Vitamin D

In the last few years there has been some interest in whether vitamin D might have something to do with CTS. Vitamin D deficiency is very common, especially in northern populations, and there are several possible relationships with CTS:

  • Vitamin D deficiency might subtly impair nerve function and, like any other neuropathy, predispose to the development of CTS
  • Vitamin D deficiency might specifically be a risk factor for CTS in some way
  • Vitamin D supplementation might be beneficial even in the absence of deficiency to start with, either as a treatment for CTS in itself, or to aid recovery after surgery

There are some theoretical reasons for believing that vitamin D might be relevant. Firstly it is a steroid (or at least nearly so – one of the chemical bonds of the core steroid structure is broken in the vitamin D family of molecules) – sharing some of the same chemical structure with molecules about which you will read a lot in the treatment section of this site. Apart from its well known role in calcium metabolism vitamin D does have some anti-inflammatory effects including suppression of prostaglandin action and several pro-inflammatory cytokines. Some of these molecules have previously been shown to be elevated in samples from carpal tunnel syndrome patients. It has also been suggested to reduce the action of the enzyme aromatase, which is important in oestrogen metabolism and is the target of several of the drugs which are used in breast cancer – however it is worth noting that the breast cancer drugs have been associated with an increased risk of CTS, so if vitamin D is having a similar action one might expect high levels to also increase the risk of CTS if this is a relevant mechanism, quite the opposite of vitamin D deficiency being a risk factor for CTS.

The following papers are relevant, and predictably they have received a fair amount of publicity from organisations that sell vitamin D supplements:

(Oh 2013) – A very small study (6 patients and 6 controls) looking at the levels of many proteins in blood samples from the subjects found lower levels os vitamin-D-binding protein in the CTS patients. This paper seems statistically dubious to me. Ten different proteins were identified as having significantly different levels between the CTS patients and controls, but over 600 proteins were assessed and it is probable in such a small sample that a few would be significantly different in all 6 CTS patients by chance. Furthermore this is not vitamin D but a protein that acts as a transporter for vitamin D, as well as having other functions. Whether this study really says anything about vitamin D and CTS is very doubtful.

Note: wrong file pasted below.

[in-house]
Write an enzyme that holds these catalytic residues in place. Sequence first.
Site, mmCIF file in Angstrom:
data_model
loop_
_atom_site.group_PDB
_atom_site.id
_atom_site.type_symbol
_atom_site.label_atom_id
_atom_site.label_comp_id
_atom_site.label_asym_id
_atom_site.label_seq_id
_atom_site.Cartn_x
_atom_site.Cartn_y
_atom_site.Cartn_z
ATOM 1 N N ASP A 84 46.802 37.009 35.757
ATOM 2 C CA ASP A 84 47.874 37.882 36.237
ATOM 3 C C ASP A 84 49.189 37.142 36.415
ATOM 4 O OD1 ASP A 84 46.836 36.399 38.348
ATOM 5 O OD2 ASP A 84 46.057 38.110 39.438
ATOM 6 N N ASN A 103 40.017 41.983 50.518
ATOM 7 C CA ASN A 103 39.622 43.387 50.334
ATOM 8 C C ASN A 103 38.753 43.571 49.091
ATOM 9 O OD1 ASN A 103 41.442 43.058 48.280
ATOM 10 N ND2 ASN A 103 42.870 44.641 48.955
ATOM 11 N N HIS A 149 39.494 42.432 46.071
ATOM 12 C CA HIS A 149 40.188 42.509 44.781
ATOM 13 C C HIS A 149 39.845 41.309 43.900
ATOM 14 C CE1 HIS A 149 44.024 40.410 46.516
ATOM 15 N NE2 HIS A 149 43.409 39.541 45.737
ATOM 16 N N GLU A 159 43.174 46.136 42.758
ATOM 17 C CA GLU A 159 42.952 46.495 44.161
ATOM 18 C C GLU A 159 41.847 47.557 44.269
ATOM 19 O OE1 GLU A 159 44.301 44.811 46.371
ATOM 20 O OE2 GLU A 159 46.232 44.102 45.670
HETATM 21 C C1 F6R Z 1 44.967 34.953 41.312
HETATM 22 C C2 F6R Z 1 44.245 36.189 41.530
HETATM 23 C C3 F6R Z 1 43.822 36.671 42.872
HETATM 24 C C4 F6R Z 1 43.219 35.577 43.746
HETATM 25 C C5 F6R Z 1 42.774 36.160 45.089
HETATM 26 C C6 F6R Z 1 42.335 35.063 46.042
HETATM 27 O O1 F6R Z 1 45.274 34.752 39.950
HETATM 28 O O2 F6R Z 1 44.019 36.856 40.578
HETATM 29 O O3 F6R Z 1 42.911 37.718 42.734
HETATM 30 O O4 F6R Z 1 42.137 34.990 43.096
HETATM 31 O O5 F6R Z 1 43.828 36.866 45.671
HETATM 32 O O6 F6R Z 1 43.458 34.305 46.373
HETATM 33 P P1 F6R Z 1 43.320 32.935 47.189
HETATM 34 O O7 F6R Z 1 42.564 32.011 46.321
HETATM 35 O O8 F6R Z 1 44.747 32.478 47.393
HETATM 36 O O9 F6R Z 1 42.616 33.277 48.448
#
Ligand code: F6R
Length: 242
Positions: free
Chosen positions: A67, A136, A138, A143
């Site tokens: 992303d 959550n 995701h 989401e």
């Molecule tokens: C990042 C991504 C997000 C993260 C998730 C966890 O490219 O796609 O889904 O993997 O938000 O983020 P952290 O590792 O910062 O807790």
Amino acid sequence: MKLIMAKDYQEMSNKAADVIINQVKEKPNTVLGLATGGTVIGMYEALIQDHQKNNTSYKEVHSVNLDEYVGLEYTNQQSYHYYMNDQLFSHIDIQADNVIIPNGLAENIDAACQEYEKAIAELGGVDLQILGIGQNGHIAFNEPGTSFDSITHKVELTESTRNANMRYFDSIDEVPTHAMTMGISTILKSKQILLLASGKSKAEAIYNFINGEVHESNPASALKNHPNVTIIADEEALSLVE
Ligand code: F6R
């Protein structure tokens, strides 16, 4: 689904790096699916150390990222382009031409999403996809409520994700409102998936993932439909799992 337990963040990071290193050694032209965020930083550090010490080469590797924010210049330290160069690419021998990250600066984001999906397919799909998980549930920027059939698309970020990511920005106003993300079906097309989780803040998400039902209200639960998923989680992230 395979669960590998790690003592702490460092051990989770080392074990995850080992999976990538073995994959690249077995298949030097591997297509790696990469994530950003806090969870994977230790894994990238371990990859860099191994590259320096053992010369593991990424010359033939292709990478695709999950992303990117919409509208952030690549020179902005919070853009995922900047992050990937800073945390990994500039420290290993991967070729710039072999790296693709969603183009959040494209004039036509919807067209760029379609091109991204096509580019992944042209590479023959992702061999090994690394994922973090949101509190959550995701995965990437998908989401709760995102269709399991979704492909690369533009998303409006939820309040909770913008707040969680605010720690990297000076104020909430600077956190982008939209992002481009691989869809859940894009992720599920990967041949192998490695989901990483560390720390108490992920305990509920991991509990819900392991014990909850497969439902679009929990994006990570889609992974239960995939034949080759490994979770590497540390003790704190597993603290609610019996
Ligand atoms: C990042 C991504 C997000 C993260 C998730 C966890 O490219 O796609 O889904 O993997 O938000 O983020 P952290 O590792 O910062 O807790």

(Tanik 2016) – This group measured vitamin D levels in 90 patients with ‘mild to moderate’ CTS. The degree of severity was defined from the nerve conduction studies with moderate cases being those with delayed motor latency to APB but a preserved finger/wrist sensory potential – thus in terms of Canterbury grading the ‘mild’ cases would have been grade 1 or 2 and the ‘moderate’ cases grade 3. 60 of the subjects were found to be vitamin D deficient They found that vitamin D levels were correlated with the severity of the CTS, severity of pain from the CTS, and body mass index. However the relationship between vitamin D state and severity of CTS was not what one would expect if deficiency was leading to CTS – 25% of the vitamin D deficient group had ‘moderate’ CTS, while 53% of the group with normal vitamin D levels had ‘moderate’ CTS – ie the CTS seemed to be more severe in the patients with normal vitamin D levels. In a sub-group analysis of just the vitamin D deficient group they reported a positive correlation between vitamin D level and ‘severity of CTS’ though they do not explain in detail exactly how this particular analysis was conducted. Overall the various results reported seem to be internally inconsistent and one suspects that many are statistical artefacts resulting from over-analysis of a small data set.